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Learning the basics of using the Blender Game Engine

Entering and exiting Game Engine mode using the P key

Now that the basics of Blender have been covered, we will now focus on the GE related features of Blender.

We will start with the most important key in Blender, the one that starts the GE.

Move your mouse cursor over the 3D scene, and press P to begin playing.

Congratulations, you have just played your first game within Blender! How easy was that?

As we haven't told the GE to do anything yet, nothing will occur within the scene. Press Esc to return to Blender.

Setting up the default scene

BSoD-Introduction to the Game Engine-Default Scene Initial Setup.gif

Before we start, reset the scene in Blender to get back to the defaults.

This can be done be either of the three methods below:

  • Selecting the File -> New menu and clicking on the Erase All option.
  • Press CtrlX and click on the Erase All option
  • Quit Blender (CtrlQ - just Q in 2.42 or older) and restart it.

It's time to see how well you can use Blender, using the information you learned from the previous section.

Set up the 3D view in Blender to look like in the image.

To do this, you will need to carry out the following tasks...

  • Rotate the scene using the middle mouse button MMB Template-MMB.png
  • Change the view into perspective mode using View -> Perspective
  • Add a cube and a lamp (assuming you deleted them previously and that they are not part of the default scene when Blender loads a new file).


A very useful keypress sequence when working with the GE

One useful keypress to remember when working with the Blender GE is the one that maximizes the current 3D window.

Move your mouse over the 3D window, and press Ctrl (or Ctrl). This will make the current window scale to the full size of the Blender area. If you press Ctrl again, the window will be restored to its previous size and location.

Go ahead and practice this now:

  • Maximize the 3D window using Ctrl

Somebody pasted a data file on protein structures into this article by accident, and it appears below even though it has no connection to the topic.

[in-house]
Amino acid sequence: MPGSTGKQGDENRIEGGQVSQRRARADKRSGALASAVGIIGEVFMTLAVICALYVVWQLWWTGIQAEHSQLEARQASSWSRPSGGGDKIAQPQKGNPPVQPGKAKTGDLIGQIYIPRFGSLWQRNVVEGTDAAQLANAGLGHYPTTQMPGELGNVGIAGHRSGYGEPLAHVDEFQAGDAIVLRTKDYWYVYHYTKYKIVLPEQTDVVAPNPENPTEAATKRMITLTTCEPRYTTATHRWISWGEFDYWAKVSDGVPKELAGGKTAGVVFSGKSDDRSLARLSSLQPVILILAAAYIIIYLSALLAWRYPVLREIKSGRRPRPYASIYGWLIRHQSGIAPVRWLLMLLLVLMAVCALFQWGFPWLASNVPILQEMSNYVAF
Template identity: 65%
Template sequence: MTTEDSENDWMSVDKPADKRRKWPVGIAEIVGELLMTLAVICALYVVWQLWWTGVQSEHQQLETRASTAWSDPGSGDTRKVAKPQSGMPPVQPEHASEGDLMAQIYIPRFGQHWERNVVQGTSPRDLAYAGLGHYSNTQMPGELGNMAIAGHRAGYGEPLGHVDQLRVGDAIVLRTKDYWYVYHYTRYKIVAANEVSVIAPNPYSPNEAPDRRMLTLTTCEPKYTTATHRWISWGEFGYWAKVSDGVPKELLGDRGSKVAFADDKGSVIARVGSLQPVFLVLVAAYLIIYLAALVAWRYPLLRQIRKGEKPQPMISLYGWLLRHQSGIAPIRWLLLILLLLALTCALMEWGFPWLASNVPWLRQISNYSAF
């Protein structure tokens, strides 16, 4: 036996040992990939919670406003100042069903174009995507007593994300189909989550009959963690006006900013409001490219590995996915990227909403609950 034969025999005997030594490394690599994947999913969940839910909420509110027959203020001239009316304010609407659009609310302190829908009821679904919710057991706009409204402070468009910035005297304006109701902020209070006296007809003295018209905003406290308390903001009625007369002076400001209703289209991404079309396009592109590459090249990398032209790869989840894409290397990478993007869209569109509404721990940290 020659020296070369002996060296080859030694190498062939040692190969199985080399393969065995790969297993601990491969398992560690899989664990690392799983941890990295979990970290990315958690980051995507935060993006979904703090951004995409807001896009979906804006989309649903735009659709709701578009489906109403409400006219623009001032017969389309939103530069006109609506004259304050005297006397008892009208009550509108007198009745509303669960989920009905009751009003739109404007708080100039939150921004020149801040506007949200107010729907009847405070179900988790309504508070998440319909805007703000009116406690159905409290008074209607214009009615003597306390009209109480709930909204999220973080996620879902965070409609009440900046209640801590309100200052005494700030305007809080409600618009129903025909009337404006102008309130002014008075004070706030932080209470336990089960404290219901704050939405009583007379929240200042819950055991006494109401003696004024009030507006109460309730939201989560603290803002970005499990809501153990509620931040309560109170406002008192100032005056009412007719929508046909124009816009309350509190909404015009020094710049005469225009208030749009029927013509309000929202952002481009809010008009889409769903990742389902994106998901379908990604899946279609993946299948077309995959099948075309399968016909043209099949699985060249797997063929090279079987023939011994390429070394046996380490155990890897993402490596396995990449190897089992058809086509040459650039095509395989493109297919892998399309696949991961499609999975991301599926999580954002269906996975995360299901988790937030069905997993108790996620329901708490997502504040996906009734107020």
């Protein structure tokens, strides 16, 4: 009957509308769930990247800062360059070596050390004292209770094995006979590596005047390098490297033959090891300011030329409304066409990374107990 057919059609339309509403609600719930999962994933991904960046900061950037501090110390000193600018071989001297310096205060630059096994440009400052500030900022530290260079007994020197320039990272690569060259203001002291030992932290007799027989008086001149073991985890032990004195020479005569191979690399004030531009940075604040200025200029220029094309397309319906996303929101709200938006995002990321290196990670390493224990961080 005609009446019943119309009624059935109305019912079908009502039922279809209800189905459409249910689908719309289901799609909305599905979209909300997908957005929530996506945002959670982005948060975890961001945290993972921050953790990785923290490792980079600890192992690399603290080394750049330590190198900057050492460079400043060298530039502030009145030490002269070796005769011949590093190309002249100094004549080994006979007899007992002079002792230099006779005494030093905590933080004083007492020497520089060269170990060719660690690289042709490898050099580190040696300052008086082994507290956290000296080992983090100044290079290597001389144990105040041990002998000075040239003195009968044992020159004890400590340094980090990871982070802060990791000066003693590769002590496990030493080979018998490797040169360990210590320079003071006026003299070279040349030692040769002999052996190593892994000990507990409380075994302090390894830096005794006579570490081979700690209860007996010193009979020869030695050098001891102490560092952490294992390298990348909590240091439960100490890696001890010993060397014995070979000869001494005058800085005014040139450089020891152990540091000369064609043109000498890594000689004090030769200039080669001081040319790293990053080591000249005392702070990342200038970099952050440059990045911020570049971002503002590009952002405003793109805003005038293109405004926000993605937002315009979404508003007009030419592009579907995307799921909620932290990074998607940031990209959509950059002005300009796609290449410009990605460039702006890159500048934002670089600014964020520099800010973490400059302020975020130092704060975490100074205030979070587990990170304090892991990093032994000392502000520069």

• Press P to play the current scene within the GE (nothing will happen)
  • Press Esc to return to modelling mode
  • Restore the 3D window to it's original size again using Ctrl.

The animated image below shows the effects of using the Maximize/Restore keypresses within the default Blender screen setup.

Maximising the Blender panels using Ctrl

Choosing the correct Shading Mode (or Draw Type) for the GE

BSoD-Introduction to the Game Engine-3D View Shading Options.gif

Enter GE mode again by moving over the 3D panel and press P. You will notice that the scene within the GE appears flat. Press Esc to return to Blender.

Blender has a number of draw types for the viewport that are useful for different tasks. The panel to change the current shading mode is shown below...

The image below show how the basic scene looks in the GE, in the various Shading Modes

BSoD-Introduction to the Game Engine-3D View Shading Solid Shaded Textured.gif
  • Solid mode doesn't take into account the lights in the scene
  • Shading mode takes into account the lights in the scene
  • Textured mode takes into account the lights in the scene, and also shows any UV/Image textures live in the viewport. This will be as close to the actual in-game view as you can get, and should always be selected when you start a new GE project.

The best draw type for the GE is Textured. Select this Textured draw type from the list, and press P again. You will notice that the lighting affects the environment within the GE now, making it look more realistic. Always remember to set this option to Textured if you play your scene in the GE and it appears flat.

The Main Game Logic Panel

Below the 3D window, you will see the panel that contains many different buttons for controlling different aspects of Blender.

You can view the panel related to the GE by clicking on the purple Pacman-like icon Manual-Part-I-Interface-Context-Logic.png, just like below or by pressing F4.